The Internet flooded with terrible references to “Back to the Future” on Wednesday (guilty), but the only one that really matters has no corporate tie-in, no thin threads to questionable technologies — hell, it doesn’t even have Michael J. Fox.
The best one of the day may very well be a re-enactment of some parts of the movies with Eastern European crapboxes.
The Polish remake, dubbed “Wreck to the Future” is all you need to scratch the itch you didn’t know you had. Let’s dissect.
Where do all these junkyard Fiat 124 Sport Spiders come from? You don’t see them on the street, you don’t see them half-covered by tarps and raccoon nests in driveways, and you don’t even see many of them at Italian car shows. And yet I’ve been seeing these cheaper-than-an-Alfa-Spider Italian sports cars at wrecking yards, at about the same rate, since I started visiting U-Pull-It in Oakland in the early 1980s. Here’s the latest example, a little green devil I spotted at U-Pull-&-Pay Denver last month. (Read More…)
In all my years of snouting around in junkyards, one thing has remained constant: a sprinkling of Fiat 124 Sport Spiders. They were fairly common in junkyards in 1983, and they’re just about as common now. Where do these Fiats come from? Will the supply of forgotten project 124 Spiders ever run out? Here’s the lastest example, a fuel-injected ’80 I found in a Denver self-service yard. (Read More…)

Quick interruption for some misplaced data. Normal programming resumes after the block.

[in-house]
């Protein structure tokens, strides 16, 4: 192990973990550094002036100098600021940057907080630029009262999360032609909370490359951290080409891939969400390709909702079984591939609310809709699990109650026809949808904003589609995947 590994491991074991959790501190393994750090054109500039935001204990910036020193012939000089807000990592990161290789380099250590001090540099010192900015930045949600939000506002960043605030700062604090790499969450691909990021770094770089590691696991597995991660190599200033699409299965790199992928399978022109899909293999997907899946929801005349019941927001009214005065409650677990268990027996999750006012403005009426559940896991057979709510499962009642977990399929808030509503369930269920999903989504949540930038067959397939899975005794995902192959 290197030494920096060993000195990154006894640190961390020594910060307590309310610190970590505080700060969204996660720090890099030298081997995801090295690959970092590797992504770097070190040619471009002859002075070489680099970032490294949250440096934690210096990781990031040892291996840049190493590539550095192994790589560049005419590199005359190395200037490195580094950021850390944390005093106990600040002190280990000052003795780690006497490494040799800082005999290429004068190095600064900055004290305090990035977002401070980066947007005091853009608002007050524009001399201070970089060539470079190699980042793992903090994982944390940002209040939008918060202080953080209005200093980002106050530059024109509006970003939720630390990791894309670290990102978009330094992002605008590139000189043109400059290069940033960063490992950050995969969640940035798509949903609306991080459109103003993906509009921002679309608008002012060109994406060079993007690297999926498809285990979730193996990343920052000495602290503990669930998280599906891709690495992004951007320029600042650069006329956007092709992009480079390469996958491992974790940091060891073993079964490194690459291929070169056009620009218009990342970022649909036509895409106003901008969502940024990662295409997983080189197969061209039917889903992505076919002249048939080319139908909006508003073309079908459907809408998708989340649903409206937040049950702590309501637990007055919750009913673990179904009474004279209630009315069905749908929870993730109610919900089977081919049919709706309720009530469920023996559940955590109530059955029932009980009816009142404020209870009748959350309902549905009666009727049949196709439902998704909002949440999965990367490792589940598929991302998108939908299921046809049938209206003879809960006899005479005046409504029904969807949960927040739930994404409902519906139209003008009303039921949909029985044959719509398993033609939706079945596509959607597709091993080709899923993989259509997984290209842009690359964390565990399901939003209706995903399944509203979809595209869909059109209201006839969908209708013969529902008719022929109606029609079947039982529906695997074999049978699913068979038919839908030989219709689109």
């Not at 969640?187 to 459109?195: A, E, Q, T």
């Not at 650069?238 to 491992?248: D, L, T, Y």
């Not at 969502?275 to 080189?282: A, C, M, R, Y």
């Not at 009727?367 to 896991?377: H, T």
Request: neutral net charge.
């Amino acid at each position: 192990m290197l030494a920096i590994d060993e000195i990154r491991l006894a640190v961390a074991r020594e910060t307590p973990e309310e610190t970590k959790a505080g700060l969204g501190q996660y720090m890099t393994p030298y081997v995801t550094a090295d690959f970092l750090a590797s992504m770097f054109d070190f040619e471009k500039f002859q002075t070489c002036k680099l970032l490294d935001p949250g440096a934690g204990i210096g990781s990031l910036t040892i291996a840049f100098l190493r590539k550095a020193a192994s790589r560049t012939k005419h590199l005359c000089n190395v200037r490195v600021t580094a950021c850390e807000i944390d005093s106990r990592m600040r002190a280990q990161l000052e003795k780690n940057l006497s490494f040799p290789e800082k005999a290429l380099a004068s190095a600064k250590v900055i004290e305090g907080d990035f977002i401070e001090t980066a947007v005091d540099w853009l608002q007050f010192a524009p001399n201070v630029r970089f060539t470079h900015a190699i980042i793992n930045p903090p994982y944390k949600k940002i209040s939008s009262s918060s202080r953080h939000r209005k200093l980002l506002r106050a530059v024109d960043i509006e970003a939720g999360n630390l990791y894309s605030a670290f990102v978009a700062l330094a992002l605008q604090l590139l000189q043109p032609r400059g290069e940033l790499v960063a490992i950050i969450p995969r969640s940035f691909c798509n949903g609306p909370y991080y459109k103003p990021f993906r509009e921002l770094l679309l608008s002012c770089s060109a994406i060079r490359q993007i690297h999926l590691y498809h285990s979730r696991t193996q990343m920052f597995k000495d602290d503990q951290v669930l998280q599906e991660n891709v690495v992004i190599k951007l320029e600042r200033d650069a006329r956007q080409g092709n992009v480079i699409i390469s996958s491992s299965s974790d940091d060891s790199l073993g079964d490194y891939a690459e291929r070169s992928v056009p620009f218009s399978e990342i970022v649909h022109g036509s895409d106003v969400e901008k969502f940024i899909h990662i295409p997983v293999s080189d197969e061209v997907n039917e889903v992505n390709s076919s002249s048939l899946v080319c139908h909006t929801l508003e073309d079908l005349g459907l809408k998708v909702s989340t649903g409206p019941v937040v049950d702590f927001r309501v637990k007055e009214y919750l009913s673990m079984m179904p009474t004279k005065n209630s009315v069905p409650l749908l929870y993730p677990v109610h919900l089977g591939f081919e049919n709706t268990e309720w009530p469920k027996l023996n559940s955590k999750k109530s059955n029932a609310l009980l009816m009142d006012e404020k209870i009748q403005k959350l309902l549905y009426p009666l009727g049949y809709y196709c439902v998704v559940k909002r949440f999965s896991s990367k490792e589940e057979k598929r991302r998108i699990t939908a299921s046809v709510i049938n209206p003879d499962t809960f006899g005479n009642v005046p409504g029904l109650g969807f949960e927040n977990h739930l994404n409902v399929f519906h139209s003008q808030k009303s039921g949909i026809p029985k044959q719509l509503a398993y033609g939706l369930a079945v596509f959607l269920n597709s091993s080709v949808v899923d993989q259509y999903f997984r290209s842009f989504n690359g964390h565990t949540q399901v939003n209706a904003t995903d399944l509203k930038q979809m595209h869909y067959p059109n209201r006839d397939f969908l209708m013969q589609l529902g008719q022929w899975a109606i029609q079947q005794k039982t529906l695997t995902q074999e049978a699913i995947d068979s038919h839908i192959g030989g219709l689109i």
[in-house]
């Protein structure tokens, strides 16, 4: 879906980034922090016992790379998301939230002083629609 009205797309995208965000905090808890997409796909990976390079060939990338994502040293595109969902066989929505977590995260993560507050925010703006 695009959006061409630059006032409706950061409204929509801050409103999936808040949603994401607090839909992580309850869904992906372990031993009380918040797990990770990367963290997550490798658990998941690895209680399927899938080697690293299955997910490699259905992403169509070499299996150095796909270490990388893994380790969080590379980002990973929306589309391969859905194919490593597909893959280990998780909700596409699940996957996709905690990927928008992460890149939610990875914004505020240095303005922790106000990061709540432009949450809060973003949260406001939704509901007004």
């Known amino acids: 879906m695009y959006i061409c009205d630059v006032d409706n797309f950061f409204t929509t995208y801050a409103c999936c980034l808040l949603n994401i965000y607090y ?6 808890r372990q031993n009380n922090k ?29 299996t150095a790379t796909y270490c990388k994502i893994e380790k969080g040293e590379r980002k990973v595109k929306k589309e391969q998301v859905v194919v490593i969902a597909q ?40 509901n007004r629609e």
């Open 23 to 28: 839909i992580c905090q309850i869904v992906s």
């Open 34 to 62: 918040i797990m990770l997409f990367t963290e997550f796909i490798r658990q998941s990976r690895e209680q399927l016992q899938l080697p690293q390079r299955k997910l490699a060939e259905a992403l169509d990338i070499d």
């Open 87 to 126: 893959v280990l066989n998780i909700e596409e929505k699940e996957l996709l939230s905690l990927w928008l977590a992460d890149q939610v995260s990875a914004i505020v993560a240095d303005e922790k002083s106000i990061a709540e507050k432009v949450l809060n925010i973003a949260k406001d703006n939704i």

After yesterday’s yesterday’s ’71 Fiat Junkyard Find, we should check out the slower, uglier version of the 124 Sport Spider that resulted from Fiat’s attempts to meet American safety and emission standards. Fiat did a better job than British Leyland in this department (e.g., black-bumper MGB, Malaise Spitfire), but that’s clearing an extremely low bar. (Read More…)
In my 30 years of crawling through junkyards, one thing has remained constant: there’s almost always a Fiat 124 Sport Spider to be found. Crusher-bound 124 Spiders are about exactly as common now as they were in the early 1980s, and I suspect they’ll be just as common in 2032. I usually don’t even bother to photograph them (though I have documented this ’78 and this ’75), but lately I’ve developed some affection for the sports car that made the MGB seem reliable. Here’s one— a little older than most— that I spotted in a Northern California yard earlier in the month. (Read More…)
Are there any 124 Spiders still driving on American streets, or is every single one sitting in a back yard or driveway, waiting for steel prices to rise high enough to trigger the final tow-truck ride to The Crusher? (Read More…)